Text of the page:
How to Prepare to Be a Zoologist

Zoologists need strong analytical research and laboratory skills.
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Zoologists need strong analytical research and laboratory skills.

Zoologists are life scientists who study animals either in their natural habitat or a laboratory. Zoology is a wide field with many career opportunities including, but not limited to, conservation work, wildlife rehabilitation, college teaching positions, zookeeping and field research. A career as a zoologist requires a specific educational background and relevant work experience. The salary for an entry-level zoologist position ranged from $30,000 to $45,000 per year, according to the North Carolina Association for Biomedical Research, which is in line with Bureau of Labor Statistics data.

    Earn a bachelor's degree in zoology, animal science, environmental biology, entomology or a related field from an accredited college or university. Your program of study should include courses in ecology, anatomy, wildlife management, cellular biology, botany, chemistry, physics, mathematics, statistics and computer science.

    Participate in internships, co-op work study programs and research opportunities relevant to the zoology field while an undergraduate student. This hands-on experience will be useful for obtaining employment as a zoologist or admission to a graduate school program in zoology.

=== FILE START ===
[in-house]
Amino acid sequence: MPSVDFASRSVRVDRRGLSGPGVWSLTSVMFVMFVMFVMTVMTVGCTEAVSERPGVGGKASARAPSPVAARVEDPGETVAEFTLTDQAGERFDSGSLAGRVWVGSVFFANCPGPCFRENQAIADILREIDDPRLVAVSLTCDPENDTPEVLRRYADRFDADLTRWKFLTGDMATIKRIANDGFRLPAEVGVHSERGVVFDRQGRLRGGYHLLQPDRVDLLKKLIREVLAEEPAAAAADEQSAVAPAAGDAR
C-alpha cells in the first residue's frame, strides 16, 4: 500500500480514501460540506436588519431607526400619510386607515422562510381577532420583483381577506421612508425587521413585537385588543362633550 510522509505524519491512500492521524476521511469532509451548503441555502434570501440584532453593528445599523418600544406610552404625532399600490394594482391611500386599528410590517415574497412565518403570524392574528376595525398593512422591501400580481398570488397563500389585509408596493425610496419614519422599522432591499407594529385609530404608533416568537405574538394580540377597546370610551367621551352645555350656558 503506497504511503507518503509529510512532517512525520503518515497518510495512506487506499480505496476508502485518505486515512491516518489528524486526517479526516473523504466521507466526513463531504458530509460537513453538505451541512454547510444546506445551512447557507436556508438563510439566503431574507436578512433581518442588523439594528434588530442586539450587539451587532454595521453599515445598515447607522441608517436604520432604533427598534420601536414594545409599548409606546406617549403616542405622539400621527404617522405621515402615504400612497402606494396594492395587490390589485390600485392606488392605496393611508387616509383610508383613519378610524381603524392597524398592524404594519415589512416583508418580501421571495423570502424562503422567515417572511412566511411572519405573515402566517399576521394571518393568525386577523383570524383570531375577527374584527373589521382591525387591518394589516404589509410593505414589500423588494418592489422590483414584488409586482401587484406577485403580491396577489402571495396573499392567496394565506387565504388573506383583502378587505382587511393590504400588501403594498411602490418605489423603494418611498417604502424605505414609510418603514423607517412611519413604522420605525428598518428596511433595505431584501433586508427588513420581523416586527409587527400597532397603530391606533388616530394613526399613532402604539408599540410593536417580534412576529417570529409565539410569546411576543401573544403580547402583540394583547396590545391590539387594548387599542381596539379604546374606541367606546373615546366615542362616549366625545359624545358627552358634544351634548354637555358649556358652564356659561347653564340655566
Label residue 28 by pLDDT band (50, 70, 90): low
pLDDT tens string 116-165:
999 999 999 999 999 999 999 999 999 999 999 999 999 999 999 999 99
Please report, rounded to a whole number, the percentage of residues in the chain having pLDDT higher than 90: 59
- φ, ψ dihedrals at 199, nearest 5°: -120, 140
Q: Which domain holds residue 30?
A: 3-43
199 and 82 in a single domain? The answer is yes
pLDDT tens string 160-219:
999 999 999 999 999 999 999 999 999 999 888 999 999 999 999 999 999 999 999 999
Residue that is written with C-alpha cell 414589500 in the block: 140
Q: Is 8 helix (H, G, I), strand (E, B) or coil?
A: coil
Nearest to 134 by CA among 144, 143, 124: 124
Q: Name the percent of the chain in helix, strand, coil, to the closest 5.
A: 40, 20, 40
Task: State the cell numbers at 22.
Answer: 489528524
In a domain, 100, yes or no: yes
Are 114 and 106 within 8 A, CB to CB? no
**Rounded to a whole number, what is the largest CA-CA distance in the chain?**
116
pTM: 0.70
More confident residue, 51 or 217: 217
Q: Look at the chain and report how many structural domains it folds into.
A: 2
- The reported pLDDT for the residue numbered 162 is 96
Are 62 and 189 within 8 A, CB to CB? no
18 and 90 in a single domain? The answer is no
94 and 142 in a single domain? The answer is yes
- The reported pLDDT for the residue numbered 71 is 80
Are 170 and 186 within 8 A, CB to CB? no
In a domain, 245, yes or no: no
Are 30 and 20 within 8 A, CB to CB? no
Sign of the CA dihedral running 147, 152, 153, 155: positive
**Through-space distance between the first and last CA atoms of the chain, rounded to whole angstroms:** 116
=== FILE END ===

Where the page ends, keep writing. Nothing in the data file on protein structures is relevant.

Consider obtaining a master's degree or a doctorate degree in zoology or a related field. While a bachelor's degree may be sufficient for entry-level zoologists jobs, many higher-level zoologist jobs and college teaching positions require an advanced degree.

    Consider joining a zoology professional organization for networking and continuing education purposes.

2016 Salary Information for Zoologists and Wildlife Biologists

Zoologists and wildlife biologists earned a median annual salary of $60,520 in 2016, according to the U.S. Bureau of Labor Statistics. On the low end, zoologists and wildlife biologists earned a 25th percentile salary of $48,360, meaning 75 percent earned more than this amount. The 75th percentile salary is $76,320, meaning 25 percent earn more. In 2016, 19,400 people were employed in the U.S. as zoologists and wildlife biologists.

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